The ram 58 is mounted to the end of piston rod 75 of a valve-operated air cylinder assembly 76. The assembly 76 is secured to mounting block 77 which is bolted or otherwise secured to the plate 69 of the slide 63, as by bolts 77a. The ram 58 and air assembly 76 are moved as a unit. The inner end of the ram is formed with a generally U-shaped coupling member 78 mating with a guide block 78a secured to the inner face of the slide plate 69. A stripper member 79 is located beneath the knife and above the web and insures removal of the web from the blade 60 as the blade is retracted.
In the illustrated embodiment of the invention, the allowable placement of the punch units 56 and 57 are thus predetermined by the spaced locking elements on the track bar 62. The operating personnel merely releases the plungers 66 and 66' of the respective detent units 64 and 64' for the punch units 56 and 57 to position the knives 60 and 60' in predetermined location with respect to the web 7. During the dwell period of the line and web movement, that is, during the severing of the web to form the bags by operation of the severing unit, the knives 60 and 60' are actuated to form the holes in the bags. The punch slide assembly 55 with the multiple preset openings for presetting of the bags in combination with the simple manually operated release mechanism provide a highly improved and significant manner of positioning the punch units.
The illustrated embodiments of the invention provide simple, reliable and effective wicketing pin setting apparatus and hole punch apparatus. Although shown with spring-loaded detent mechanism, other forms of detent mechanism with a direct manually actuated locking arm or the like may readily be employed. The most significant aspect is to maintain a simple, manually operated unit, having an actuator on a slide member for selective engagement with preset spaced locking elements on a track mechanism so as to maintain simplicity and ease of operation while maintaining very accurate location of the pins.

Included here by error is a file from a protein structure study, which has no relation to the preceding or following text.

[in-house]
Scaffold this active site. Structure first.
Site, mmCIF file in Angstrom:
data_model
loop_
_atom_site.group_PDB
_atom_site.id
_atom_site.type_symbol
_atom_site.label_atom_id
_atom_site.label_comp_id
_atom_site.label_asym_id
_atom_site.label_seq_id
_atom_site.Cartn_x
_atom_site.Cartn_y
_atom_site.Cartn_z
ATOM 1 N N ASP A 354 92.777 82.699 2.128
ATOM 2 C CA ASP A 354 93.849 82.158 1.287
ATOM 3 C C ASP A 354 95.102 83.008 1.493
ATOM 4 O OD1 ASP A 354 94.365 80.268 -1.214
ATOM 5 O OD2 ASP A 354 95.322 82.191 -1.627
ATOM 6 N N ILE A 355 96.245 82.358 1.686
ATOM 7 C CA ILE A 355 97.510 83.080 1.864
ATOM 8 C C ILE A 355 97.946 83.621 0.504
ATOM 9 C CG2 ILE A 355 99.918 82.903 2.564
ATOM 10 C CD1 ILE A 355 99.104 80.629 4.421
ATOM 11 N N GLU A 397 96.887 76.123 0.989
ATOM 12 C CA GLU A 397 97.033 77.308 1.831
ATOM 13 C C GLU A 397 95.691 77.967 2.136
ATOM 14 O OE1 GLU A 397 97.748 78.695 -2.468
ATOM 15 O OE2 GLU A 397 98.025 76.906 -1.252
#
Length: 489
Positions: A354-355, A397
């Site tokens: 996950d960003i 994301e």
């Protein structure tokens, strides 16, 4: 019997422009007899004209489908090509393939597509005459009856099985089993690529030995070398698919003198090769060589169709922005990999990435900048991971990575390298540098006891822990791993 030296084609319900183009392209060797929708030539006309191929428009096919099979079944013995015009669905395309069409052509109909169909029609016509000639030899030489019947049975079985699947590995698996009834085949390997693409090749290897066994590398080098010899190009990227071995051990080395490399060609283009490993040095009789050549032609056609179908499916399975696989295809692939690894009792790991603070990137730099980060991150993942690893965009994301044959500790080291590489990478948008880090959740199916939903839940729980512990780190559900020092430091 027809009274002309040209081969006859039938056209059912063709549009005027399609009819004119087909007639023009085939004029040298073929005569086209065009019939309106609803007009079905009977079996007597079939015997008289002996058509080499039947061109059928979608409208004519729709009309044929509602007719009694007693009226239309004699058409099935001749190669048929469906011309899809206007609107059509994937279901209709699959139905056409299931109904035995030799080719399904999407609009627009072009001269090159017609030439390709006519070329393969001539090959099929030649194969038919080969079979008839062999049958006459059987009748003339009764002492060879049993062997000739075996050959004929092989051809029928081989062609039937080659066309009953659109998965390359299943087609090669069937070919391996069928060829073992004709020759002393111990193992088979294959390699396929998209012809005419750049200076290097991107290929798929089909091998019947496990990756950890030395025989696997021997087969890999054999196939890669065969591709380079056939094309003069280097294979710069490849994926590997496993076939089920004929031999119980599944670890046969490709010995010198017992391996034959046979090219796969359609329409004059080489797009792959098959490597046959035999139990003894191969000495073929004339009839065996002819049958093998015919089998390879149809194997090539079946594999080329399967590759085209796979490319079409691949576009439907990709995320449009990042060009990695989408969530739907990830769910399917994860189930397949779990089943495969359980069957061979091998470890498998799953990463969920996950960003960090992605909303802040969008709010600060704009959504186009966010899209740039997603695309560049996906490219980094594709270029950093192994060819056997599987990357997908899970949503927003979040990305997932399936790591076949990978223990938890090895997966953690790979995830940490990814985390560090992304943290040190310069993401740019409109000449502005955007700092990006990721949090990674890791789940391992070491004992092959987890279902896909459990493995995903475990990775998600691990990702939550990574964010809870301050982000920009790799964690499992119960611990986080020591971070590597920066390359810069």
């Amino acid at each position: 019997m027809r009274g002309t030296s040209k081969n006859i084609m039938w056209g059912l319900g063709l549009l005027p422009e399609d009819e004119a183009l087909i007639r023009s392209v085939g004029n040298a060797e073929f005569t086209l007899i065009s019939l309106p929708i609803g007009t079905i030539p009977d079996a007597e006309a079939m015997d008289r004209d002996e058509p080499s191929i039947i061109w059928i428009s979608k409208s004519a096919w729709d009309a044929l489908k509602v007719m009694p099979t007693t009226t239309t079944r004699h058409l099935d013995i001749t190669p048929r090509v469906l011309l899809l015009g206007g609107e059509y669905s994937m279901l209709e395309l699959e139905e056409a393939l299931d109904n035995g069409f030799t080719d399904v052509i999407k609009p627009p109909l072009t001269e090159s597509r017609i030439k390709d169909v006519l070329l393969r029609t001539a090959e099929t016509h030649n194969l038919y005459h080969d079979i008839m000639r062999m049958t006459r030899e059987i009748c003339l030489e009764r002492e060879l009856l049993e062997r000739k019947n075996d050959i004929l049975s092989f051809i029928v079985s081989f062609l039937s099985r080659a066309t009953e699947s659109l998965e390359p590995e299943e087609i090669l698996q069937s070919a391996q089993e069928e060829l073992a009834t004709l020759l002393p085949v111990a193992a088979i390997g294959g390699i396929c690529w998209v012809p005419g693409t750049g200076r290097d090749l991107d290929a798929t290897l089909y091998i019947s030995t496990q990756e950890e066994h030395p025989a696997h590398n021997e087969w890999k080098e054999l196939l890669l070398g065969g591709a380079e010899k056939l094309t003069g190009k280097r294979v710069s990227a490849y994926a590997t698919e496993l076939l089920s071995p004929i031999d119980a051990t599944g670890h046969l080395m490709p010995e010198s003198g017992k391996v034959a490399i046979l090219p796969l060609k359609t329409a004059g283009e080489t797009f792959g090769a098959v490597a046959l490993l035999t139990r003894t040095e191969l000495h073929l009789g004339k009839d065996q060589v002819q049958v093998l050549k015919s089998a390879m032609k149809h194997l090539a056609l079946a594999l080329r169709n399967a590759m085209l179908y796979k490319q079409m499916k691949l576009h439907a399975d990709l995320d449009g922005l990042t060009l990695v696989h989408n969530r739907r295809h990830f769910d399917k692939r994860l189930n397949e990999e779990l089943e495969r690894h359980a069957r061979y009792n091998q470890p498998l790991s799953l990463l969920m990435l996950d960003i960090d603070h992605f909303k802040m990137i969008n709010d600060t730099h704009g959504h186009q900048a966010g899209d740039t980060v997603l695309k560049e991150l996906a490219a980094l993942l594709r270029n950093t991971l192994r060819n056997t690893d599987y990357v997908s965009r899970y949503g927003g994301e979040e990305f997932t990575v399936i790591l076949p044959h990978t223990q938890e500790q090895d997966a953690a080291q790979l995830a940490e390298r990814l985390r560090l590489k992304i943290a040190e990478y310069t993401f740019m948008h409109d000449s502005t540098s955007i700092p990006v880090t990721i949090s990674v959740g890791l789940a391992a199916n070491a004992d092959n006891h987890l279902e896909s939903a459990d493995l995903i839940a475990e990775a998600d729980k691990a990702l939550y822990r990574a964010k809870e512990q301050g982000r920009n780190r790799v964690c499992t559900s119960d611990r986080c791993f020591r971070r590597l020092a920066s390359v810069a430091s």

The illustrated embodiments of the invention are shown and described in detail to provide what the inventor presently considers the best embodiments. Various modifications and other embodiments will be readily provided by those familiar with the art based on the teaching of the present invention and future as well as present technology. Thus, various other slide structures can readily be provided. For example, the slide structure may be inverted with a U-shaped member mounted as a track and a generally meshing T-shaped or even L-shaped member coupled to the U-shaped track to form the slide. In the detent unit, the interlocking ends of the slide mounted member and the locking openings of the track may be reversed. Side interlocking slide structures may also readily be provided. Basically, a track member is provided for each set of working elements to be located relative to each other. Individual slide units are movable longitudinally of each other on the track member with appropriate spacement in combination with simple manually hand-actuated release and lock units, consisting of a spaced lock member on the track in combination with a simple and substantially hand operable locking member on each of the individual pin slide units. Thus, the personnel need only move the pin slide unit to a locking member on the track and reposition the interlocking mechanism. Although the locking mechanism is preferably and uniquely a simple hand-operated release and set mechanism requiring a very simple direct motion, a lever actuation may be employed for use if a relatively strong locking mechanism is provided. For example, in the illustrated embodiments, the spring loaded decent mechanism might be provided with a heavy spring loading which would require application of a simple lever member to overcome the spring locking. A high pressure but manually rotatable cam locking mechanism might be used; again with a suitable simple manually operated lever. Other variations of the illustrated structure will of course be readily provided such as an integrated slide or single piece, pin holder and pin structure. A separate pin holder and pin structure may be desirable for releasable connection to the slide if different pin structures are desired.